The Victorian houses looked down on us from their lofty, tropical perches as we trudged up the hill towards our professor’s house. The sun, which had been hiding when we had gotten up that morning, was now peering between the voluminous clouds, warming our backs and necks. Butterflies were in the air and flowers were beginning to bloom. I took a deep breath and wondered, not for the first time, what it would be like to live here.
I was back in Devonport, this time with my roommate Kirsten, to see more of the neighborhood and to visit our New Zealand culture and history professor, Vivienne (like many New Zealand instructors, she goes by her first name). She extended an invitation to tea to everyone at the beginning of our BU sponsored, program-wide class. She mentioned her dog and proximity to Lorde as incentives to go. Since then, Kirsten and I knew that was wanted to take her up on her offer when we got the chance.
Her home, tucked away in a little dip off the road, was a comfortably small cottage, complete with a modest, well-tended garden in the back. Vivienne greeted us with her English bull terrier at her heels. The dog nuzzled our hands as she presented her house. Every wall was covered with books and art: shelves of social texts, collections of photographs, rows of masks. The place was full but not cluttered, an artful achievement in such a small space. Clearly, she was heavily influenced by her varied and well-traveled life. Before she made Auckland her home and teaching her profession, she had worked in fashion and music, living in Melbourne, Los Angeles, and London, the latter of which two of her children now reside in.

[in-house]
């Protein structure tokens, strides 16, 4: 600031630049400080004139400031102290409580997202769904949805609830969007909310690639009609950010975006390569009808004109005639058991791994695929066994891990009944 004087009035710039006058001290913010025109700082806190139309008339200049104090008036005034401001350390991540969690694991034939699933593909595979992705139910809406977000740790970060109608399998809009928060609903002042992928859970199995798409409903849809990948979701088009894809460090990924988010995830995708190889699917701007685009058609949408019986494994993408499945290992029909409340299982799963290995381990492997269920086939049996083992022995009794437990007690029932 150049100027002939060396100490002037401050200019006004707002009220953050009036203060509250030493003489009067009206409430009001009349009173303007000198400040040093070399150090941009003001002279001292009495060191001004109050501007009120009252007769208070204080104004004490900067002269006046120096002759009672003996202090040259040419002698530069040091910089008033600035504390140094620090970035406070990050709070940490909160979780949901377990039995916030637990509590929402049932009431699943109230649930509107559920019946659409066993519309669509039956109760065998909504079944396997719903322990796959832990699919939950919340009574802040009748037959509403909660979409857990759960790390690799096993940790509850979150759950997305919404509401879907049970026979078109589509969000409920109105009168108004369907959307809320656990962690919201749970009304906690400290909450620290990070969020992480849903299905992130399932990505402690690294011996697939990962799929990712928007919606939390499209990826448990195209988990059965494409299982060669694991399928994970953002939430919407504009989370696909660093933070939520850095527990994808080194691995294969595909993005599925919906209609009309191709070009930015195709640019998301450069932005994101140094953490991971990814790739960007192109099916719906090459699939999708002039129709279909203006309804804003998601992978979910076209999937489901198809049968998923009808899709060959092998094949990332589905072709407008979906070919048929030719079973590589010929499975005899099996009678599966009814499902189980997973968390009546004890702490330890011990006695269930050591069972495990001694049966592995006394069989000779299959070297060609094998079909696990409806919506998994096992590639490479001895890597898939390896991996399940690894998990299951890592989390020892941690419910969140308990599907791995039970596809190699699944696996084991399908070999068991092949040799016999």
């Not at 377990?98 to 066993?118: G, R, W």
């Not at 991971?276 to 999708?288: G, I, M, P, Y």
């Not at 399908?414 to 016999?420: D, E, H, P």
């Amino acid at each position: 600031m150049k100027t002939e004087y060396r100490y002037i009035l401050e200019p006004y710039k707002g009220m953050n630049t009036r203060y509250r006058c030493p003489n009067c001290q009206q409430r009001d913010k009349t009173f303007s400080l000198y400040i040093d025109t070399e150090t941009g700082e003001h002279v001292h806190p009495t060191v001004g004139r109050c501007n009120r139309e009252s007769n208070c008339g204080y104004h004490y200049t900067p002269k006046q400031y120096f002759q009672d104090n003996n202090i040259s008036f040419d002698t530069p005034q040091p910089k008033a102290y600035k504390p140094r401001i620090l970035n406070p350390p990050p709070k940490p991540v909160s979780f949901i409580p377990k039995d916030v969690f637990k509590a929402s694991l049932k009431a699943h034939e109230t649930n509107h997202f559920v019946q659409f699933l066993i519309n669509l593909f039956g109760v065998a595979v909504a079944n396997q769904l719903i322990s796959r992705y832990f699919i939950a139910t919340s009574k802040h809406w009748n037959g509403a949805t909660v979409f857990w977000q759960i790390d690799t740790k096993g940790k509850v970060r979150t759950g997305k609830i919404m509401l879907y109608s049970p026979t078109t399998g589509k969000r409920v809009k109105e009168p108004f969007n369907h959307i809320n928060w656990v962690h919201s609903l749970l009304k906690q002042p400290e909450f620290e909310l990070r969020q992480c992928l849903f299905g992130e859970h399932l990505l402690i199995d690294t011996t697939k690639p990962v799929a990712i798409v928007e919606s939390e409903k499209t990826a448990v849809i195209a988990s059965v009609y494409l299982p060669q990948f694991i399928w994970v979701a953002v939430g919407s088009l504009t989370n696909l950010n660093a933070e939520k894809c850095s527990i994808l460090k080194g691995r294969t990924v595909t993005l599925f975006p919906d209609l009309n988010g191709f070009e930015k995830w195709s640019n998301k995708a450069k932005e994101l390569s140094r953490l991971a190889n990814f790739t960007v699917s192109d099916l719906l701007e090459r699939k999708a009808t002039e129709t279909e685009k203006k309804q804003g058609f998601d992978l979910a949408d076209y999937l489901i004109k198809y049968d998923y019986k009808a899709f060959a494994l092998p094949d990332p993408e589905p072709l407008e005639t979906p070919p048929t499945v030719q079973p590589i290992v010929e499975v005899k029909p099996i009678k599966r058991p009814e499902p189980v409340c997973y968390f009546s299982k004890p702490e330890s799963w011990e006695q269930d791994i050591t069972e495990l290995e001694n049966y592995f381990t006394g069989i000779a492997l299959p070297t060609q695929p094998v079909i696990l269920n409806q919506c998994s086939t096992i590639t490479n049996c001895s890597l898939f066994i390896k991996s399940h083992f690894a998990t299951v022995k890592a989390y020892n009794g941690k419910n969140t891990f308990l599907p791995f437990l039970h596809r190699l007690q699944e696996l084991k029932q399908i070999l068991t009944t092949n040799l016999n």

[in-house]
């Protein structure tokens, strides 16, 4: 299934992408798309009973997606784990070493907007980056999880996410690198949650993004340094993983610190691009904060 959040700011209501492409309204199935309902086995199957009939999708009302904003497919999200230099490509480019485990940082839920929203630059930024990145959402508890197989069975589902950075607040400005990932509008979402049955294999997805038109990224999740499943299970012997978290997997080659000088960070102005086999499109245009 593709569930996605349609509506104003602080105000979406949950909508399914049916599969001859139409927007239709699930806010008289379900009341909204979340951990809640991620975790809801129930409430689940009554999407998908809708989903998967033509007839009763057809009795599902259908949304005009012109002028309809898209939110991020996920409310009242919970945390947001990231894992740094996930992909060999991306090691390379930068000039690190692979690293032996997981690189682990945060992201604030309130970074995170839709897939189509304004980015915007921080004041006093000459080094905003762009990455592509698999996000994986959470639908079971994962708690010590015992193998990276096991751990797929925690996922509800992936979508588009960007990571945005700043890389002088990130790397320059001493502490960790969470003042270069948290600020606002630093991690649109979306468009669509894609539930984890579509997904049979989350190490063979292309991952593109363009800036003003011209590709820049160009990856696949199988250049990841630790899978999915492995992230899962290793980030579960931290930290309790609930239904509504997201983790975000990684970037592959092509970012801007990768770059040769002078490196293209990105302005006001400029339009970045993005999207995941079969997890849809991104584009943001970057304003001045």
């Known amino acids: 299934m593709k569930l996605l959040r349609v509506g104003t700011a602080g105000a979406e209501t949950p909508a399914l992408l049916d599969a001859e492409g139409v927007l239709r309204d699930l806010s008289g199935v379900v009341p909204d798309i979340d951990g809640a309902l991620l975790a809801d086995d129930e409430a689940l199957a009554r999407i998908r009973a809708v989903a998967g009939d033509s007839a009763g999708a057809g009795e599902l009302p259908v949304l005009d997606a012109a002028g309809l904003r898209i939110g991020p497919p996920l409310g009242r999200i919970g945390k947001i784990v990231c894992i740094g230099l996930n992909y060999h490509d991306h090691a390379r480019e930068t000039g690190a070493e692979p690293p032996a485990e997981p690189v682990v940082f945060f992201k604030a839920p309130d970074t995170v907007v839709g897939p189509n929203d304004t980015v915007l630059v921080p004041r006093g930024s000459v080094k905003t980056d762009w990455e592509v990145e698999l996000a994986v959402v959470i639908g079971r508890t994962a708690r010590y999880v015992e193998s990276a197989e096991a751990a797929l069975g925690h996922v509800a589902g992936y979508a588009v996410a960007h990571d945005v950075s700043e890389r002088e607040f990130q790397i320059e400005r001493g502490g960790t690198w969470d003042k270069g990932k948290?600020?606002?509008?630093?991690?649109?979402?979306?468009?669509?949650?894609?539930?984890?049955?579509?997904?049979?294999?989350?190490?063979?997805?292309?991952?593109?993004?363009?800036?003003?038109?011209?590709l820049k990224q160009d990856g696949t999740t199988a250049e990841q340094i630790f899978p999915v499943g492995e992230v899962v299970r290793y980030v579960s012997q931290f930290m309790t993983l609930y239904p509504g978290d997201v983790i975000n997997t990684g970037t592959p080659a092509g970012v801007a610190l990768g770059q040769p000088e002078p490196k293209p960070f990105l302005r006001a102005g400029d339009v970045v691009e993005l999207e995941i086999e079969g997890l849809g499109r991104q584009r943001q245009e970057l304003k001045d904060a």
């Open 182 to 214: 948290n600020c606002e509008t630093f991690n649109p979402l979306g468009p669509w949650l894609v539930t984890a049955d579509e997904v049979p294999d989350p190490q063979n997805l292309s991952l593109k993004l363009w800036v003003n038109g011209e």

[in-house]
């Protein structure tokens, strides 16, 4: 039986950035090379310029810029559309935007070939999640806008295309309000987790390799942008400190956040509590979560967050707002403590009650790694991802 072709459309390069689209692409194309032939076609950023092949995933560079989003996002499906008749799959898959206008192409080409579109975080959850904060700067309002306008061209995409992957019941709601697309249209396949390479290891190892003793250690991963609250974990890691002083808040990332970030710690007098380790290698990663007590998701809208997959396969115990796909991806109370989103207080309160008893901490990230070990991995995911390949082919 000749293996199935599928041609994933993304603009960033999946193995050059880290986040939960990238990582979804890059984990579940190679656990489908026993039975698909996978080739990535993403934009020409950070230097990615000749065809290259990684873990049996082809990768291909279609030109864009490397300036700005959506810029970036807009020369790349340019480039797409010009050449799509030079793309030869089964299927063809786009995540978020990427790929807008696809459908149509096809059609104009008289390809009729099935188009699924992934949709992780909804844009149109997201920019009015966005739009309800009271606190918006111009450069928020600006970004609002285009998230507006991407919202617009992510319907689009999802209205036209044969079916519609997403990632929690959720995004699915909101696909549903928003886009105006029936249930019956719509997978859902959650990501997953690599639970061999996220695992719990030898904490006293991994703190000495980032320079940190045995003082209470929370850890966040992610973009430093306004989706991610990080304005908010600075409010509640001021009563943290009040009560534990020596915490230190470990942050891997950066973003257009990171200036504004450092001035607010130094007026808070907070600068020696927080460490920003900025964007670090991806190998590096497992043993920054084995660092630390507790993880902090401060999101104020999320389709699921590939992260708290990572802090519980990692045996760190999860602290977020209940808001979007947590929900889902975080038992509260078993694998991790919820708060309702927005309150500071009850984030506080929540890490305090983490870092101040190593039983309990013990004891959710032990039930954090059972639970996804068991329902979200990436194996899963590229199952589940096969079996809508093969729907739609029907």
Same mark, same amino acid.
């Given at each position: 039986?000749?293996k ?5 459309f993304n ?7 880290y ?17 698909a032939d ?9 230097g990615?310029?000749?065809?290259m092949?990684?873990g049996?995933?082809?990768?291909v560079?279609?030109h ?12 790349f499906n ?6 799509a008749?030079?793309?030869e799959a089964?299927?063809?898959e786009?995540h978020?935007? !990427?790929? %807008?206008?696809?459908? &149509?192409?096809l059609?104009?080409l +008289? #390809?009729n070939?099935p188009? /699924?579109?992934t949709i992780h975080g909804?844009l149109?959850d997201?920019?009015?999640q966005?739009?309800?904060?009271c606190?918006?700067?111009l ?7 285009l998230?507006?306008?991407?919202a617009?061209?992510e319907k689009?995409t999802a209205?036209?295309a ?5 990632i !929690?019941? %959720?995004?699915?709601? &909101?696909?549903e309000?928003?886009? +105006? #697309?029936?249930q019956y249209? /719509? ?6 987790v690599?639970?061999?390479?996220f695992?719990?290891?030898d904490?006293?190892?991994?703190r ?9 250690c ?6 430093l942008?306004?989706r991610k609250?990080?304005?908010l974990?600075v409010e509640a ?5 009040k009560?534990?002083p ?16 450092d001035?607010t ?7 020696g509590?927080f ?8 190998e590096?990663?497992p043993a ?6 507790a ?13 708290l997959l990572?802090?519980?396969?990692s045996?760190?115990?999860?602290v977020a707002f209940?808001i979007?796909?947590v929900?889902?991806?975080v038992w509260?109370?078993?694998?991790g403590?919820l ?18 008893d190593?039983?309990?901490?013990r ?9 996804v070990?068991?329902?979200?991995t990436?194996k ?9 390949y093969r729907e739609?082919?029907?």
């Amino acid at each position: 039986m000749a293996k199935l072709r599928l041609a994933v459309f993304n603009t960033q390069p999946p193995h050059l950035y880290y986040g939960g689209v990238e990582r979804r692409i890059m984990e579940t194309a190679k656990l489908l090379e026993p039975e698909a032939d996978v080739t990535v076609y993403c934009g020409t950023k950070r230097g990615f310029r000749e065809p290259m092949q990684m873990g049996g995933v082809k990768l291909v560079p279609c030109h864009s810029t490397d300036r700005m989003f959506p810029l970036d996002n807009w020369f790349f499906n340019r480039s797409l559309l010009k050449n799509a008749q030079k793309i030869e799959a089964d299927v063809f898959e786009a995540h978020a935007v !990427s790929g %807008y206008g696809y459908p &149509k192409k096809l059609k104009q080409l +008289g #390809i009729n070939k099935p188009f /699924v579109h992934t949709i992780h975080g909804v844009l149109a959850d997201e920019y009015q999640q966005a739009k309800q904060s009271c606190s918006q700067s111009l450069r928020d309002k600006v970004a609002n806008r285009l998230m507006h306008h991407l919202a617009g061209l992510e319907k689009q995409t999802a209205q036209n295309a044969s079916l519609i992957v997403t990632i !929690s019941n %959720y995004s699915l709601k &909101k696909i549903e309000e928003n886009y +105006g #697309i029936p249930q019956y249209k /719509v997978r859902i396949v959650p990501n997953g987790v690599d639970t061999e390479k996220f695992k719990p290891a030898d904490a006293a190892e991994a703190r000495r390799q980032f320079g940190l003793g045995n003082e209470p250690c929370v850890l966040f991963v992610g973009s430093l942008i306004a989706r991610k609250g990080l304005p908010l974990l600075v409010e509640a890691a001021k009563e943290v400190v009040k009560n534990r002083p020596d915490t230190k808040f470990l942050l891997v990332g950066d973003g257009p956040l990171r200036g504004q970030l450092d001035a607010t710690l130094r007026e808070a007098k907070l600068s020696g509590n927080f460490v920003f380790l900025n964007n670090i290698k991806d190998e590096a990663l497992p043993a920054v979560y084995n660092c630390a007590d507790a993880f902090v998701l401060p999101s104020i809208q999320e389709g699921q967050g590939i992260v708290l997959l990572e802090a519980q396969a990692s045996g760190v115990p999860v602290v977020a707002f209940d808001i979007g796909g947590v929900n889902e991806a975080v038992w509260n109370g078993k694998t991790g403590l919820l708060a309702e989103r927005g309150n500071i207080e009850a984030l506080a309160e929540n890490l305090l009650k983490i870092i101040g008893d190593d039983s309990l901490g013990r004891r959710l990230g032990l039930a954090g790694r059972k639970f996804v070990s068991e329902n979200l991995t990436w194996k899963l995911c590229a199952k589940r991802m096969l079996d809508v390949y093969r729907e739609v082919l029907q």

She eventually showed us to her kitchen, which was also eclectically decorated and offered us a cup of tea and some cookies. It was there we sat, in the increasingly warming sun, speaking about politics and urban population growth and Boston verses Auckland before our stomachs reminded us that we hadn’t eaten lunch yet. Vivienne recommended a French café a few blocks down the road as she collected our cups.
She bid us adieu, and we walked back into the sun in the direction of her recommendation. The café was crowded with locals when we got there, so we sat outside and ate our croissant croque monsieurs and watched as children ran barefoot across the street to the milk bar across. I wondered if Lorde ever did that and tried to imagine what it was like to grow up here.
Once satisfied, we strolled down to the beach, intending to make our way to North Head. The shells crunched beneath our feet as the water lapped the shoreline. We ambled in silence as we took in the sun and sounds.
North Head was just as breathtaking as I remembered it. More people were there of course, it being Saturday instead of the middle of the week, but they were still few and the beauty of the day and the view made up increased crowds.
After Kirsten took the appropriate pictures, we wondered down the volcanic hill and back into town, pleasantly tired. We refreshed ourselves with sweet treats from the famous Devonport Chocolates and made a couple of souvenir stops before looking up at Mt. Victoria and deciding, yes, we had to scale that height too.
The more popular and well-known of the two Devonport volcanos, the hillside was littered with many more people and cars. Partially up the side of the summit was a primary school. I had a hard time picturing the children in their uniforms laughing and playing as the tourists huffed up the slope. The place of normalcy didn’t seem plausible amongst the greenery.
Naturally, we collapsed on the grass once atop the mount. Those Victorian houses that had gazed down at us from their elevated positions now stretched below us in a patchwork of roofs and greenery. North Head stood before us, slightly shorter, as the sea glimmered in the waning sunlight. We sighed and watched the other tourists gap and pose for pictures.
“Two volcanos in one day. We can’t say we didn’t accomplish something,” Kirsten said, with a laugh.
I agreed and laid back on the cool grass, ready for a contended rest.